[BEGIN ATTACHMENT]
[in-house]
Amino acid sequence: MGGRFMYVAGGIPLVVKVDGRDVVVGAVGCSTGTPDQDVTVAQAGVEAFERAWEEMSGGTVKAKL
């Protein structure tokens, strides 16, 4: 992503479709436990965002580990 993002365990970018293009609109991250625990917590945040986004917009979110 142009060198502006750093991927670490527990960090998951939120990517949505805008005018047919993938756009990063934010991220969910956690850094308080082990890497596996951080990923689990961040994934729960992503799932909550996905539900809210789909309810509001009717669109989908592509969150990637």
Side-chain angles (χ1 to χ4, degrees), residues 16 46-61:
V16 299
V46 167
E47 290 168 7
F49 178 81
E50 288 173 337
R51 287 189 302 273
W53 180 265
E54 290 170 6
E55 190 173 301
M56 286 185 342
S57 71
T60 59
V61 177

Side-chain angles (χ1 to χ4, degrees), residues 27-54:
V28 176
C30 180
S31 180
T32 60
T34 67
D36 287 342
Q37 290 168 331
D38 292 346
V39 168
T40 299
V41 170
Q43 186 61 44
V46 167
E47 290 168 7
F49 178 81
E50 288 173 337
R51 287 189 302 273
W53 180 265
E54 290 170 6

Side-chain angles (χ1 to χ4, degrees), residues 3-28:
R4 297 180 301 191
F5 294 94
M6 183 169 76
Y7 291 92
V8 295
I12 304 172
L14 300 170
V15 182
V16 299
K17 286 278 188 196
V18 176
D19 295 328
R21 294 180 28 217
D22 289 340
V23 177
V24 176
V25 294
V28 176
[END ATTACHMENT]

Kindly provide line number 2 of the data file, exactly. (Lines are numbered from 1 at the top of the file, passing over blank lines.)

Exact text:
Amino acid sequence: MGGRFMYVAGGIPLVVKVDGRDVVVGAVGCSTGTPDQDVTVAQAGVEAFERAWEEMSGGTVKAKL